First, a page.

By Lucia A. Silecchia
Late July brings one of my favorite celebrations in the Church year: the July 26th Memorial of Saints Anne and Joachim, the parents of Mary, the Mother of God.
I had some early biases toward this feast. I grew up in a New York parish named for St. Anne. My parents gave me that moniker for my middle name when I was baptized, and I took it again when I was confirmed. My family always celebrated our patron saints’ feast days, and I was competitively (but uncharitably) pleased that I had two celebrations rather than one because I was the only one of my siblings to be baptized with a middle name.
However, what I liked the most about this celebration was the thought that Christ – God Himself – had grandparents. I remember my own grandparents with much love and joy. These elders of my family were my roots, my heritage, and a cherished center of my early life.
Most pictures I see of St. Anne (and the oft-neglected St. Joachim) show her, or them, in their role as parents to Mary. They are often depicted teaching Mary to read, celebrating her presentation, or witnessing her wedding. Occasionally, they are added to portraits of the Holy Family, gazing with love and awe from the corner of a painting of their daughter and her family.
Yet, I also like to think of them as the grandparents of God. I wonder whether, in that extraordinary role, they experienced any ordinary times.
When Mary and Joseph were planning to marry, did her parents eagerly anticipate becoming grandparents, as do so many parents-of-the-bride? When Mary told them of the Annunciation, how much did they understand? Was their joy about their grandson mixed with fear? Did they worry, as parents do, when their pregnant daughter traveled to visit her cousin Elizabeth in the “hill country of Judea” or accompany Joseph to Bethlehem while carrying their grandson in her womb?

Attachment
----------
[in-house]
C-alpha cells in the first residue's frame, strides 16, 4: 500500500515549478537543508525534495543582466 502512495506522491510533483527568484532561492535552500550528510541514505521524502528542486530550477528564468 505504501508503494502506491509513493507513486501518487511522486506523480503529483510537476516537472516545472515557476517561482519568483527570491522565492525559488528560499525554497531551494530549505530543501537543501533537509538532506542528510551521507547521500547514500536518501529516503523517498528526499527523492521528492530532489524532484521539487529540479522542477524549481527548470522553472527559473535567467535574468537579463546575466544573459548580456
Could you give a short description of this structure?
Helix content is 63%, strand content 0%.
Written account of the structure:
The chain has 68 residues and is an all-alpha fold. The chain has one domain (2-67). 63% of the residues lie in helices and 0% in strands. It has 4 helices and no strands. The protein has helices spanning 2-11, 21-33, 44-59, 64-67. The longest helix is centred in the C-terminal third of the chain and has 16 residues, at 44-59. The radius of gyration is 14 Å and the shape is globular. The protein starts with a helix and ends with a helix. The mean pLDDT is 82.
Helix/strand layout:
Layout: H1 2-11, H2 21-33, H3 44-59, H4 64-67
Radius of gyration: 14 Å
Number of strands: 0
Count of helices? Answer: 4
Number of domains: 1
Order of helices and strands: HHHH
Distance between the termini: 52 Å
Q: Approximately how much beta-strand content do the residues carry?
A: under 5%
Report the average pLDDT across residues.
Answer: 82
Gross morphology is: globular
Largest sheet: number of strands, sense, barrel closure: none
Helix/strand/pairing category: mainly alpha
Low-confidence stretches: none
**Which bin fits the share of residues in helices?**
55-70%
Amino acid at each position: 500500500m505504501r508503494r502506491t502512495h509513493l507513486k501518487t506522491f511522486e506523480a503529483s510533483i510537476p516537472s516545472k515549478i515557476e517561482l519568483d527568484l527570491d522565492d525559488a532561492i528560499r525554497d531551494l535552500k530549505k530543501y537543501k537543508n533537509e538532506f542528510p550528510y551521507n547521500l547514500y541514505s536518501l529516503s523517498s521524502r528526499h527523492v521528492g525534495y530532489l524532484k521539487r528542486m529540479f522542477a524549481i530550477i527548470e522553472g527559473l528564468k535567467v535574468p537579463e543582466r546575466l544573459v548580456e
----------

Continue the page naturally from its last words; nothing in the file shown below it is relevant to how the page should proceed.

Did they visit their infant grandson at His birth or His presentation and give their daughter, a new mother, advice on caring for Him? Did they ever watch Him play as a toddler and hear His first words or see His first steps? Did they ever make a special food He liked as a treat or tuck Him into bed at night? In those “hidden” years of Christ’s youth, did they watch Him grow in strength and knowledge? Did they ever have the chance to tell Him childhood stories of His mother’s life as a young girl? Did they speak of Him to their friends and pray for Him when they worshipped at the temple?
Were they still living when their daughter feared for her lost 12-year old and rejoiced when He was found? Was their grandson their final thought and last joy when, after their holy lives, they closed their eyes on this world?
I will never know. But I do know the importance of grandparents. As parents to our parents, they shape the lives of those who most shape our own. They are so often the link to a distant time, a foreign land, and a different life. They are the elders who guard the heritage of a family and who, so often, hold it together in difficult times. When Pope Francis visited Philadelphia in 2015 he said, “Grandparents are a family’s memory. They are the ones who gave us the faith, they passed the faith on to us.”
I am so grateful for the inheritance of faith and memories I received from my own grandparents. I am also so grateful that in the extraordinary way in which Christ dwelt among us, he had the gift of grandparents – one of the greatest blessings of ordinary times.
Lucia A. Silecchia is a Professor Law at the Catholic University of America. “On Ordinary Times” is a biweekly column reflecting on the ways to find the sacred in the simple. Email her at email@example.com.